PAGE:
Leave fireworks to the professionals, says Fire Marshal
According to the National Fire Protection Association (NFPA), more fires are reported on the 4th of July than any other day of the year, primarily due to fireworks. In 2008 (most current data available), NFPA reports that there was one death associated with consumer fireworks and 7,000 fireworks-related injuries were treated in U.S. hospital emergency rooms that year. The highest injury rates were for children ages 5 to 9, and teens ages 15 to 19. Sparklers, fountains, and novelties alone accounted for 32% of the emergency room fireworks injuries in 2008.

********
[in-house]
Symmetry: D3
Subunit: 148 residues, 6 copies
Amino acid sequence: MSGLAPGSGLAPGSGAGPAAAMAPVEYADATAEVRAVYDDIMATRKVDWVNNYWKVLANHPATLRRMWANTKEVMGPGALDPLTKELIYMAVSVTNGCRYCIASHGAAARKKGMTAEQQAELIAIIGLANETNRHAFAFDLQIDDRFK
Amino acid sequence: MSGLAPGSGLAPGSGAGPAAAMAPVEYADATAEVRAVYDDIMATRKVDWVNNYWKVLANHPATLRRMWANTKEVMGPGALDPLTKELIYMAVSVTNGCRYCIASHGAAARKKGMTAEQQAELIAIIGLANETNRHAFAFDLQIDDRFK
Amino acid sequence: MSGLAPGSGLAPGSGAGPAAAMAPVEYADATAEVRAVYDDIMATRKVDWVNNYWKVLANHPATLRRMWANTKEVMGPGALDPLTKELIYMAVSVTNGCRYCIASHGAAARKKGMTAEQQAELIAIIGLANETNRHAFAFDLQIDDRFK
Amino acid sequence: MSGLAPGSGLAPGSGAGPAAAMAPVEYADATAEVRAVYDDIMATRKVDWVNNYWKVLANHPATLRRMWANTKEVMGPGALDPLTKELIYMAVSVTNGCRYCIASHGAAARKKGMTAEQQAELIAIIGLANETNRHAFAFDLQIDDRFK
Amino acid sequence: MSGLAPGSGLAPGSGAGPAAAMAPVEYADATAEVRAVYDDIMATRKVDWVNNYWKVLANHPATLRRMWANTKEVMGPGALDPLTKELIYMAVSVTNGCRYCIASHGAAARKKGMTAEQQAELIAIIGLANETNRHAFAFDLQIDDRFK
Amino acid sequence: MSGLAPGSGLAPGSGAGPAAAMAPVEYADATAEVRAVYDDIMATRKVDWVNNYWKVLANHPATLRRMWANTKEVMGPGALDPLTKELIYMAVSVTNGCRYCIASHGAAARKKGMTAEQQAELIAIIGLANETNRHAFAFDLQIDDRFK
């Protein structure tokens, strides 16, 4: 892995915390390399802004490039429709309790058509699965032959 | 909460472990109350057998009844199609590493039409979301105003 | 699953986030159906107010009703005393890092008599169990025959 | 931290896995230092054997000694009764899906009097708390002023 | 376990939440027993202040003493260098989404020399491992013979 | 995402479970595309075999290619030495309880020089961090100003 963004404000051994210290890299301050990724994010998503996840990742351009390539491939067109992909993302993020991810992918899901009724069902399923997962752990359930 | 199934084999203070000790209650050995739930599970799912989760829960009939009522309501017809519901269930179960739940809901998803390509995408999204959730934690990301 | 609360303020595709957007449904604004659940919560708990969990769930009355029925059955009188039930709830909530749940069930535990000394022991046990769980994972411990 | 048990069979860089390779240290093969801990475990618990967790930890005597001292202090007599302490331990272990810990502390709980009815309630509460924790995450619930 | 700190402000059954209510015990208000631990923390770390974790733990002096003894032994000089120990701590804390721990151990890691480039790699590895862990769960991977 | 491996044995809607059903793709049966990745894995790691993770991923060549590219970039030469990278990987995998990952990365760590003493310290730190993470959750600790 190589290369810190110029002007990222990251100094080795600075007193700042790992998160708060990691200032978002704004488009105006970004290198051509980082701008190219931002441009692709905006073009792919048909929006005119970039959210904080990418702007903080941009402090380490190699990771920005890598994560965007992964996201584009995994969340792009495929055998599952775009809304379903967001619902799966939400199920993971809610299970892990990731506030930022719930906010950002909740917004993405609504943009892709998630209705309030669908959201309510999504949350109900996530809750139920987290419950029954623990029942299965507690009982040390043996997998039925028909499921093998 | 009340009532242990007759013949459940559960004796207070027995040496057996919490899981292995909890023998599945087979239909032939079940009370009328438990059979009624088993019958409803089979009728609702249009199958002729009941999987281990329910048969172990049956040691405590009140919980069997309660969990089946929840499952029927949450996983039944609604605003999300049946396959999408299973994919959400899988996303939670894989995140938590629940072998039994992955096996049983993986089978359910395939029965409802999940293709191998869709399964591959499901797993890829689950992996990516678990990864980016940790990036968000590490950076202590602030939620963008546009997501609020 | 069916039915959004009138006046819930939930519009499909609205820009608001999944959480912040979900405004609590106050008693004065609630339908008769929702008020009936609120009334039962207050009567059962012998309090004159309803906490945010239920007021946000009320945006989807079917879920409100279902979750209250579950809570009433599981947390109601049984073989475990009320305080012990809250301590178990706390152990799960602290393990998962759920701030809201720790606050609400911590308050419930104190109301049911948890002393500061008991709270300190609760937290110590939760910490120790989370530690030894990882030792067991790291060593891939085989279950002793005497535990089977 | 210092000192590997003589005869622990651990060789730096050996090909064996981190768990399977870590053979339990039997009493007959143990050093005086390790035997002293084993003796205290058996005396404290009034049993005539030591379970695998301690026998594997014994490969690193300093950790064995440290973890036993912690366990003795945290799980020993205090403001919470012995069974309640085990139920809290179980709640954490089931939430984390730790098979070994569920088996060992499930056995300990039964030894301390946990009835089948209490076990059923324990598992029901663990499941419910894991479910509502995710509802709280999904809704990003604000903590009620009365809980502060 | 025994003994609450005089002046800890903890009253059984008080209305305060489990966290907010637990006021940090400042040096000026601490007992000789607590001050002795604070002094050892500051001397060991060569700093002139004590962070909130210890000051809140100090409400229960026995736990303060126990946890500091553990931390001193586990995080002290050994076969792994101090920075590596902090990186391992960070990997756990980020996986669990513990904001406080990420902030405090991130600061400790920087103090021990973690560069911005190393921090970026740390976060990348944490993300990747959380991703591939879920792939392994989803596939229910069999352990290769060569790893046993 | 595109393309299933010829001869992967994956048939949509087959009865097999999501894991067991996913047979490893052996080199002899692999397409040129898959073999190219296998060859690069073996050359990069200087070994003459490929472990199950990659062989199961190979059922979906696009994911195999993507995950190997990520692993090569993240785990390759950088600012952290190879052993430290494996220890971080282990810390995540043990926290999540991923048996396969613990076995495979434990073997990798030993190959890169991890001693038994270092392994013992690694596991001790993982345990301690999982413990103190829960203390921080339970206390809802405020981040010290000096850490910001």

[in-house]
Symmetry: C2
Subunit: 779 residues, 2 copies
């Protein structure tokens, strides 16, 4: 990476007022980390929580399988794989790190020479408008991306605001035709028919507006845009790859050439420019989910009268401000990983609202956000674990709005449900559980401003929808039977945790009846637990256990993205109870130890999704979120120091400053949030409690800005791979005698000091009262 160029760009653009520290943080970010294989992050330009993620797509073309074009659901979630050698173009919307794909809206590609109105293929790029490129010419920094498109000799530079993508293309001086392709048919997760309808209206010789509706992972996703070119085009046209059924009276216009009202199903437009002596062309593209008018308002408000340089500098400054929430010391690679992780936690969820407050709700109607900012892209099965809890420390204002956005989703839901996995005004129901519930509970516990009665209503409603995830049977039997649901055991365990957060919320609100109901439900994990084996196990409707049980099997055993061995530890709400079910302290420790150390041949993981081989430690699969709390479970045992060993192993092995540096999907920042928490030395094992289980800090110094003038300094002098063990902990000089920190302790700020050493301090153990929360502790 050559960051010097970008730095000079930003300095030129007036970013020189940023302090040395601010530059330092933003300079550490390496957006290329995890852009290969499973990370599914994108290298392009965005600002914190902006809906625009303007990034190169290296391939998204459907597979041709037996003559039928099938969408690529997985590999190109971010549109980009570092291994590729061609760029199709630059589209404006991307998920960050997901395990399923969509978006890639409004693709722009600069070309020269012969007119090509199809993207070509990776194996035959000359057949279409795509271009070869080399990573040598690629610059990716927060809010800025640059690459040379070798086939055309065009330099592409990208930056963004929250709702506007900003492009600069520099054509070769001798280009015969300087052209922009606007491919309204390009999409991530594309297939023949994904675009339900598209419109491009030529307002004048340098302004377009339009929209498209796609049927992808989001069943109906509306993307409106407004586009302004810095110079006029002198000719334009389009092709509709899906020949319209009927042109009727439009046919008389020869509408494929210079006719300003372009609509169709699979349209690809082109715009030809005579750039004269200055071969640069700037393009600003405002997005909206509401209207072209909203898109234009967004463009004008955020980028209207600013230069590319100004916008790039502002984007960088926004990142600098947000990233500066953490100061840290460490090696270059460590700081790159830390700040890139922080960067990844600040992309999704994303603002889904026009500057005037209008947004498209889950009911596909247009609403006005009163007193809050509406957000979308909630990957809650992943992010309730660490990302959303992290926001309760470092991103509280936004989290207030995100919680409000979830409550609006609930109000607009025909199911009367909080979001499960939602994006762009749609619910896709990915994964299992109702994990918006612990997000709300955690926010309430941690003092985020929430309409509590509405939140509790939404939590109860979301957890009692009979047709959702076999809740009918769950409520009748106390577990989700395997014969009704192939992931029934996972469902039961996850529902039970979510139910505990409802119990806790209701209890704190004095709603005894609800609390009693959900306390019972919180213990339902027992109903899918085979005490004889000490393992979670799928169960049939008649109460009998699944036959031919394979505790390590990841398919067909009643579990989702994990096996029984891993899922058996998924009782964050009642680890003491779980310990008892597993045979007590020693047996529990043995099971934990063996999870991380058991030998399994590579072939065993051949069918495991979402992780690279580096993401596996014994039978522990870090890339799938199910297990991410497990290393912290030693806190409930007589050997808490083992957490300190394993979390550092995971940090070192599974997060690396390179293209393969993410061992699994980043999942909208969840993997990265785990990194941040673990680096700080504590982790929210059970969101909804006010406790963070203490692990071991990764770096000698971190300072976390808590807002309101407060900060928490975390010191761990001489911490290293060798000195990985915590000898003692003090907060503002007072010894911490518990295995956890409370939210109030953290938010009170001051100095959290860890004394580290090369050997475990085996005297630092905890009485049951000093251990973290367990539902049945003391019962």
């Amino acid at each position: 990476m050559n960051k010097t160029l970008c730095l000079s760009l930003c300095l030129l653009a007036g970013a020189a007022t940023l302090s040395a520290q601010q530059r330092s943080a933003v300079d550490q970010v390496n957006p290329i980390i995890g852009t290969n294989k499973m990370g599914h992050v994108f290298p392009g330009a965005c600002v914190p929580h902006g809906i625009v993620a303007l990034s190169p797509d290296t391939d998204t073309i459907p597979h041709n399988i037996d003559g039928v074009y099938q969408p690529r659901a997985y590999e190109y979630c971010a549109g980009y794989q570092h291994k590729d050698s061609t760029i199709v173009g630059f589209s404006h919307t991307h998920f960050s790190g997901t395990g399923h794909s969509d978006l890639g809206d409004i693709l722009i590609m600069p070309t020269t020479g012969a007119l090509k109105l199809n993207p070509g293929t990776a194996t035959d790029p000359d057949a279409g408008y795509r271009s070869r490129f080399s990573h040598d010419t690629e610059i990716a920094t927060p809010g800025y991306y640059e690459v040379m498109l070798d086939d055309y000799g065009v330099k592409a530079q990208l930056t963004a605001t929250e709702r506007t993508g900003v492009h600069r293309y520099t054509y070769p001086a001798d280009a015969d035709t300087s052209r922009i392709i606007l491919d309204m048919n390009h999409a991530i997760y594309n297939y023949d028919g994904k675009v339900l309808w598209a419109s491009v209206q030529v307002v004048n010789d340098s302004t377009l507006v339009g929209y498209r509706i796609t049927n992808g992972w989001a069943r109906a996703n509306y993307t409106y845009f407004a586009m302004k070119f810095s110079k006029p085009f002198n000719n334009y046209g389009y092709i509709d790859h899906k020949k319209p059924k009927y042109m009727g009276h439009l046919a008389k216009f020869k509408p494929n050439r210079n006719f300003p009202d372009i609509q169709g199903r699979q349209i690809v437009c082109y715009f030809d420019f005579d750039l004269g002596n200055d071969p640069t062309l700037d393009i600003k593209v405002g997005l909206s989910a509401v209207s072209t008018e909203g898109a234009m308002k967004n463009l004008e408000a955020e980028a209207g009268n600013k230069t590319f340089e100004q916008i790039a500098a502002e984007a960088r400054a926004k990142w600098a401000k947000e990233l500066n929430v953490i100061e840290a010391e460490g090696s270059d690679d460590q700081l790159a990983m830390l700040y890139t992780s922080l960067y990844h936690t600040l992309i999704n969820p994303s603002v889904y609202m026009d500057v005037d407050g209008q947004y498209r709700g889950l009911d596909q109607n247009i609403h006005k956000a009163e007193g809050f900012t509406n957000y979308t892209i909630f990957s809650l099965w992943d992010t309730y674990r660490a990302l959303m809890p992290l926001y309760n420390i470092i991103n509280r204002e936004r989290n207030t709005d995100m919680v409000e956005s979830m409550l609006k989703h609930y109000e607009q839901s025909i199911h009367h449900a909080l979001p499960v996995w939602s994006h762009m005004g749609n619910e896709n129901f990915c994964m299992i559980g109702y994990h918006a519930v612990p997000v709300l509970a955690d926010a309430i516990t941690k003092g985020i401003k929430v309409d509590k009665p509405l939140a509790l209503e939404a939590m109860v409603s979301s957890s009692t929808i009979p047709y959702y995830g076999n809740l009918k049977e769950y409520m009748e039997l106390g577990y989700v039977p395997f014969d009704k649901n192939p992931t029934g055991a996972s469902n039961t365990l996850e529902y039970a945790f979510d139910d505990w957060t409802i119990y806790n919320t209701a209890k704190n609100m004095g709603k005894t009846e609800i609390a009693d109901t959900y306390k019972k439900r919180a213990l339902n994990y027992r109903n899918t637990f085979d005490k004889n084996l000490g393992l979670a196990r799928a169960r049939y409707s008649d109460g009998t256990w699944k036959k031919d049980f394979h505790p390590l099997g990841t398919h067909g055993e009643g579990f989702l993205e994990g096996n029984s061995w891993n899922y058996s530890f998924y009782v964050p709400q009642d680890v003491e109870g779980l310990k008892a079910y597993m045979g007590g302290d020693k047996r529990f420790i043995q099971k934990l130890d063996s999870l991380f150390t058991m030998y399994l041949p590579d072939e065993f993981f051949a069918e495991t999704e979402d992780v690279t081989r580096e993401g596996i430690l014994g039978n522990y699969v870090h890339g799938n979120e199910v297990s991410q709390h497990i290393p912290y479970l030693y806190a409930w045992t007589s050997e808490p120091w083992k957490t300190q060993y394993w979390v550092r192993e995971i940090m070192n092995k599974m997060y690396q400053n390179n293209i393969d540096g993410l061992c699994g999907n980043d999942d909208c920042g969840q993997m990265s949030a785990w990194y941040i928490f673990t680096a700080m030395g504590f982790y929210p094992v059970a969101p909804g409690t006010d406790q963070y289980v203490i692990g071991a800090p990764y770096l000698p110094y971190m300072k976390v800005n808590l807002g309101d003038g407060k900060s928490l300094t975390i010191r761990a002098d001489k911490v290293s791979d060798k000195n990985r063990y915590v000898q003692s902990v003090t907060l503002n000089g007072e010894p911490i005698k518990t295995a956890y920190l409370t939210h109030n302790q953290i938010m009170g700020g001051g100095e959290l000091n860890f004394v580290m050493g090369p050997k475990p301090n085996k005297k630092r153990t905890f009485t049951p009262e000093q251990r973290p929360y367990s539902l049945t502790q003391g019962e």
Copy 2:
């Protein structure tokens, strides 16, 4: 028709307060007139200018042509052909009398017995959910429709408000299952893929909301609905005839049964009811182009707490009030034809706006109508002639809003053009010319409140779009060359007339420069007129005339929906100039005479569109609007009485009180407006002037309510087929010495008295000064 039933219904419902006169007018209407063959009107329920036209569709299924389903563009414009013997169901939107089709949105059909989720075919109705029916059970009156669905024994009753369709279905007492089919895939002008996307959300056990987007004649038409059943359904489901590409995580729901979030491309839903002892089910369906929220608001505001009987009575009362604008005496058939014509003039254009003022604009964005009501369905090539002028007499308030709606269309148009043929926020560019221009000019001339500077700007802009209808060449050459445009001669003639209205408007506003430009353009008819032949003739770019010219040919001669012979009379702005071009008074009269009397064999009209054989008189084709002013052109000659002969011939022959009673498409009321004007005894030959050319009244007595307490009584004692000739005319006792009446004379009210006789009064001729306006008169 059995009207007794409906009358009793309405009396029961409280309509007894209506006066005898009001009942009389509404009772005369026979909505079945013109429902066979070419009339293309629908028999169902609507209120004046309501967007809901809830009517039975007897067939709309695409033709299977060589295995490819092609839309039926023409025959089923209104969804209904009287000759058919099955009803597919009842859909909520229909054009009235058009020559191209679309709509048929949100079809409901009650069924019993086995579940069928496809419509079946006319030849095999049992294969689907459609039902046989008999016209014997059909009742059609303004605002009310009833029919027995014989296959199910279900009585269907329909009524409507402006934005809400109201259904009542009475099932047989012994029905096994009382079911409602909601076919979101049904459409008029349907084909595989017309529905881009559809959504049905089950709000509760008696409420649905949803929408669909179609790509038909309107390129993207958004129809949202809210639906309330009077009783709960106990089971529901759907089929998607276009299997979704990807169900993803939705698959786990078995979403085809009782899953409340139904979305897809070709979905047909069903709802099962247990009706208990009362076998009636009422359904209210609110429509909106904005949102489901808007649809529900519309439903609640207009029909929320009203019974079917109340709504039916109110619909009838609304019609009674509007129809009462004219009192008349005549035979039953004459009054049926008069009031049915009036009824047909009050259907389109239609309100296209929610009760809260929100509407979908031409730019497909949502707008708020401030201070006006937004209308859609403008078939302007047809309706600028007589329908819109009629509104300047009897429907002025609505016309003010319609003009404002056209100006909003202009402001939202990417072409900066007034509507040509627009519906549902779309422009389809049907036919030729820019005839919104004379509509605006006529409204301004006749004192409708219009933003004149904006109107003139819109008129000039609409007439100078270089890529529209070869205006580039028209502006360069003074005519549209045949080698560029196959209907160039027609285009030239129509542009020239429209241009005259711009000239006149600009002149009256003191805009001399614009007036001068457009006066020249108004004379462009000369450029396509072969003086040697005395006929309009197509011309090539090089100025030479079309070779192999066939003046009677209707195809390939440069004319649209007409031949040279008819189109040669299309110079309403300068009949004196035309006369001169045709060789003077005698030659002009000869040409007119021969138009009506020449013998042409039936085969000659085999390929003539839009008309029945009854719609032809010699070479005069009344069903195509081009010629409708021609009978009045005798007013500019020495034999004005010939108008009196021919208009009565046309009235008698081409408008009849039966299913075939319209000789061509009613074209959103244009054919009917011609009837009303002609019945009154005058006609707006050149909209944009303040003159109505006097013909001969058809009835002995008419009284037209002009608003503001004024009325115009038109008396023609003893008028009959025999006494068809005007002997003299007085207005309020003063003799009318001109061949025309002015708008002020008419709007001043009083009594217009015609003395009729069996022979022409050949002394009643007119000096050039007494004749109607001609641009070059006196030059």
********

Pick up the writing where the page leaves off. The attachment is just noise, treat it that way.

A few years ago, fireworks caused at least two brush fires in Franklin during the month of July, including one at the Westhaven golf course on July 4th. The previous year, two teens playing with fireworks ignited a mulch fire that spread to an apartment building in the Wyndchase apartment complex. No one was injured, but the fire damaged the exterior of the building and destroyed the landscaping.
“Consumer fireworks are simply too dangerous in the hands of amateurs, especially children,” said King. He added, “Sparklers can exceed 1,200 degrees Fahrenheit and cause painful burns or set clothing on fire. Even with the risk involved, it’s not uncommon to see children shooting fireworks with no adult supervision.”
King said that the safest way to enjoy fireworks is to attend a public display conducted by trained professionals.